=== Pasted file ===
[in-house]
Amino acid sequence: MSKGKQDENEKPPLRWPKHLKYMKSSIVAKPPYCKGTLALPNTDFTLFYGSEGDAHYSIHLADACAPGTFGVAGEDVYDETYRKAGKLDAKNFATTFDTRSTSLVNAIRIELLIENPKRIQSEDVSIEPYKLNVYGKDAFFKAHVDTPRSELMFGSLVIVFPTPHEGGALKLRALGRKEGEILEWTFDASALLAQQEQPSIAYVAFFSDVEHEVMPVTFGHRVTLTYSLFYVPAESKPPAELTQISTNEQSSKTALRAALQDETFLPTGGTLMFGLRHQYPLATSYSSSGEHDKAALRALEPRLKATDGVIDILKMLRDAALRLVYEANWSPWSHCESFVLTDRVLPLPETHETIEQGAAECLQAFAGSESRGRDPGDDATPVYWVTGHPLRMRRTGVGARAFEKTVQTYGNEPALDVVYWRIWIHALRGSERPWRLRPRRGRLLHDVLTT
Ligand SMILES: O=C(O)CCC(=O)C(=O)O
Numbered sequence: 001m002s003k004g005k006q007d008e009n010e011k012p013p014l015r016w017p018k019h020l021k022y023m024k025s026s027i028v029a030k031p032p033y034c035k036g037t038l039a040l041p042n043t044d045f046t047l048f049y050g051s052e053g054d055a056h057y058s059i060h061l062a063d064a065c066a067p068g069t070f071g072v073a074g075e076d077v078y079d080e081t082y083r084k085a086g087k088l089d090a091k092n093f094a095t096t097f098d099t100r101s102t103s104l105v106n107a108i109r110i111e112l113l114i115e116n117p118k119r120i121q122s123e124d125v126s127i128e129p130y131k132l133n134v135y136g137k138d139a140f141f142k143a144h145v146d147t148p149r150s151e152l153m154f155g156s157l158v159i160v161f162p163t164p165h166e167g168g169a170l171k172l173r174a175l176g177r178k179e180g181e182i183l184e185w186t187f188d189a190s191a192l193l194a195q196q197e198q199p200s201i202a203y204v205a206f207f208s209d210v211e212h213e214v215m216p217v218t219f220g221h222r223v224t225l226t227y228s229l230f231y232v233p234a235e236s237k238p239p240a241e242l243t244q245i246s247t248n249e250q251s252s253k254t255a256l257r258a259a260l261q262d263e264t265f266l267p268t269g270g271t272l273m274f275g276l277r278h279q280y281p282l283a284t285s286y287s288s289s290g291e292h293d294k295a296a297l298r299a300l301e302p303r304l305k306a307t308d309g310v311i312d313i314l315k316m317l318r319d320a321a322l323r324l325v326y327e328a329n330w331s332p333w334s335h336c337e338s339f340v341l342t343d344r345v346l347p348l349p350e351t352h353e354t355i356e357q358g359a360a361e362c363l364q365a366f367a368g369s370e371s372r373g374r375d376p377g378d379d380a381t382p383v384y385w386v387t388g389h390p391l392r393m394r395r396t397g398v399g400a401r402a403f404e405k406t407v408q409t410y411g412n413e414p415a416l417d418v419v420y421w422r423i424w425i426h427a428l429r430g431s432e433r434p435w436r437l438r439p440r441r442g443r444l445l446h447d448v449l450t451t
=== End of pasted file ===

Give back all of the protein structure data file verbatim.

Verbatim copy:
[in-house]
Amino acid sequence: MSKGKQDENEKPPLRWPKHLKYMKSSIVAKPPYCKGTLALPNTDFTLFYGSEGDAHYSIHLADACAPGTFGVAGEDVYDETYRKAGKLDAKNFATTFDTRSTSLVNAIRIELLIENPKRIQSEDVSIEPYKLNVYGKDAFFKAHVDTPRSELMFGSLVIVFPTPHEGGALKLRALGRKEGEILEWTFDASALLAQQEQPSIAYVAFFSDVEHEVMPVTFGHRVTLTYSLFYVPAESKPPAELTQISTNEQSSKTALRAALQDETFLPTGGTLMFGLRHQYPLATSYSSSGEHDKAALRALEPRLKATDGVIDILKMLRDAALRLVYEANWSPWSHCESFVLTDRVLPLPETHETIEQGAAECLQAFAGSESRGRDPGDDATPVYWVTGHPLRMRRTGVGARAFEKTVQTYGNEPALDVVYWRIWIHALRGSERPWRLRPRRGRLLHDVLTT
Ligand SMILES: O=C(O)CCC(=O)C(=O)O
Numbered sequence: 001m002s003k004g005k006q007d008e009n010e011k012p013p014l015r016w017p018k019h020l021k022y023m024k025s026s027i028v029a030k031p032p033y034c035k036g037t038l039a040l041p042n043t044d045f046t047l048f049y050g051s052e053g054d055a056h057y058s059i060h061l062a063d064a065c066a067p068g069t070f071g072v073a074g075e076d077v078y079d080e081t082y083r084k085a086g087k088l089d090a091k092n093f094a095t096t097f098d099t100r101s102t103s104l105v106n107a108i109r110i111e112l113l114i115e116n117p118k119r120i121q122s123e124d125v126s127i128e129p130y131k132l133n134v135y136g137k138d139a140f141f142k143a144h145v146d147t148p149r150s151e152l153m154f155g156s157l158v159i160v161f162p163t164p165h166e167g168g169a170l171k172l173r174a175l176g177r178k179e180g181e182i183l184e185w186t187f188d189a190s191a192l193l194a195q196q197e198q199p200s201i202a203y204v205a206f207f208s209d210v211e212h213e214v215m216p217v218t219f220g221h222r223v224t225l226t227y228s229l230f231y232v233p234a235e236s237k238p239p240a241e242l243t244q245i246s247t248n249e250q251s252s253k254t255a256l257r258a259a260l261q262d263e264t265f266l267p268t269g270g271t272l273m274f275g276l277r278h279q280y281p282l283a284t285s286y287s288s289s290g291e292h293d294k295a296a297l298r299a300l301e302p303r304l305k306a307t308d309g310v311i312d313i314l315k316m317l318r319d320a321a322l323r324l325v326y327e328a329n330w331s332p333w334s335h336c337e338s339f340v341l342t343d344r345v346l347p348l349p350e351t352h353e354t355i356e357q358g359a360a361e362c363l364q365a366f367a368g369s370e371s372r373g374r375d376p377g378d379d380a381t382p383v384y385w386v387t388g389h390p391l392r393m394r395r396t397g398v399g400a401r402a403f404e405k406t407v408q409t410y411g412n413e414p415a416l417d418v419v420y421w422r423i424w425i426h427a428l429r430g431s432e433r434p435w436r437l438r439p440r441r442g443r444l445l446h447d448v449l450t451t